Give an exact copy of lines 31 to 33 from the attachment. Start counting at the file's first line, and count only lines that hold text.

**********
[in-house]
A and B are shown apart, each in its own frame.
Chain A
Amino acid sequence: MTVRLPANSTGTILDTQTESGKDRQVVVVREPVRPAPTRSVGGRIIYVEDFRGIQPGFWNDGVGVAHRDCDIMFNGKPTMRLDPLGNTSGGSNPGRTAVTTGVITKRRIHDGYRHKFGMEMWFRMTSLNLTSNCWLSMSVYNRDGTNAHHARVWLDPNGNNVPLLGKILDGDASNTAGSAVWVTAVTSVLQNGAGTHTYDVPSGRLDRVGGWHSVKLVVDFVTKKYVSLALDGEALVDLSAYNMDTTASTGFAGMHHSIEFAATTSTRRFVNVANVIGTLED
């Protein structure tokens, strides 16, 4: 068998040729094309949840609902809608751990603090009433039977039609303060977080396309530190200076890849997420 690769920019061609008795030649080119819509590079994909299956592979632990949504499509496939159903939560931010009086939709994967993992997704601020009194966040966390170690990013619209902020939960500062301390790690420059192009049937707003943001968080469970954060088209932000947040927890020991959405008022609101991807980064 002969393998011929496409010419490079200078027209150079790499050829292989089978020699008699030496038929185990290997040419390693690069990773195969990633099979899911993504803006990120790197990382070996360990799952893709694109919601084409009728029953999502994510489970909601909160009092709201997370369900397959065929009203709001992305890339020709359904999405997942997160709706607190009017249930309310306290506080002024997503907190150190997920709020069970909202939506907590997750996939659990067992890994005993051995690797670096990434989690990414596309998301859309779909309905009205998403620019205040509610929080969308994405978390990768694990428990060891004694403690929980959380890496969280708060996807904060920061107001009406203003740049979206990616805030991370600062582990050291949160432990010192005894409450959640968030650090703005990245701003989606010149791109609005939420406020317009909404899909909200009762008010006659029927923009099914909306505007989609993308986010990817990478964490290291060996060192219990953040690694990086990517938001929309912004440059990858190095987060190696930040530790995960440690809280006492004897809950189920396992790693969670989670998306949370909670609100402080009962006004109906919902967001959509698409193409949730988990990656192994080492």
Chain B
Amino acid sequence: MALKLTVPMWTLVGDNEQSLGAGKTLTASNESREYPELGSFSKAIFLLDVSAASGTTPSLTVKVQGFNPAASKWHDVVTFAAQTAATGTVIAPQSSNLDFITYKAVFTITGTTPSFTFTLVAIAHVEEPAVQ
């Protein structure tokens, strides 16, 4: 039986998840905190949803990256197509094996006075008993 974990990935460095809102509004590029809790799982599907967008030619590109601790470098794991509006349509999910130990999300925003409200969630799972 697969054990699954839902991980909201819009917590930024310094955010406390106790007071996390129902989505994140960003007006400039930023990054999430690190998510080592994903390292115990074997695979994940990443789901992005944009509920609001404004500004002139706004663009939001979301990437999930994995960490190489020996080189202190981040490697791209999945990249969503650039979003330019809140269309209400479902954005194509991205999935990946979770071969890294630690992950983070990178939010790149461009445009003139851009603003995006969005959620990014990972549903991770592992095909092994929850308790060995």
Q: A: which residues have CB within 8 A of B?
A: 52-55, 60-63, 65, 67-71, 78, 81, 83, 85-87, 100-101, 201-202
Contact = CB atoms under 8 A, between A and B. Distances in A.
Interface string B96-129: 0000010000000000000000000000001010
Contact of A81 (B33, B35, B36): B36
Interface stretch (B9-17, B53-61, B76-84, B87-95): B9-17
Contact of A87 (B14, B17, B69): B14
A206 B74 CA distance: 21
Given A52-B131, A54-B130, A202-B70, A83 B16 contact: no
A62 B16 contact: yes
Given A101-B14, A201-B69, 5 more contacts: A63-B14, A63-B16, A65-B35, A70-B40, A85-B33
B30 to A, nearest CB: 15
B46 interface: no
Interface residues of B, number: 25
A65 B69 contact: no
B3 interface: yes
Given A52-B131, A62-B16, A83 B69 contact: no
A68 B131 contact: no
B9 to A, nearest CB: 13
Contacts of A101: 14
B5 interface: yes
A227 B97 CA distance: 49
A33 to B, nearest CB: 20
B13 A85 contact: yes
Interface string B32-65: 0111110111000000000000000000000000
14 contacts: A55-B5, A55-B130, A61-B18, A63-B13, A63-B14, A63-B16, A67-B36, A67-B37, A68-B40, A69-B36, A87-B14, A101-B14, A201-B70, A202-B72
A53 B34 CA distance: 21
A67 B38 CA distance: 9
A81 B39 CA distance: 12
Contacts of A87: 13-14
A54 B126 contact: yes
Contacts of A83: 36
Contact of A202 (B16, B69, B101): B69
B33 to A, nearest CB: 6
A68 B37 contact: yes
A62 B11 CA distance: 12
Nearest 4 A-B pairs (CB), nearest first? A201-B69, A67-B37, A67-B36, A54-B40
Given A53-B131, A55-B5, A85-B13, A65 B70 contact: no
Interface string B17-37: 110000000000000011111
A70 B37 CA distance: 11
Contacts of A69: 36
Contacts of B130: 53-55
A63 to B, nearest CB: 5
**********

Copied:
A33 to B, nearest CB: 20
B13 A85 contact: yes
Interface string B32-65: 0111110111000000000000000000000000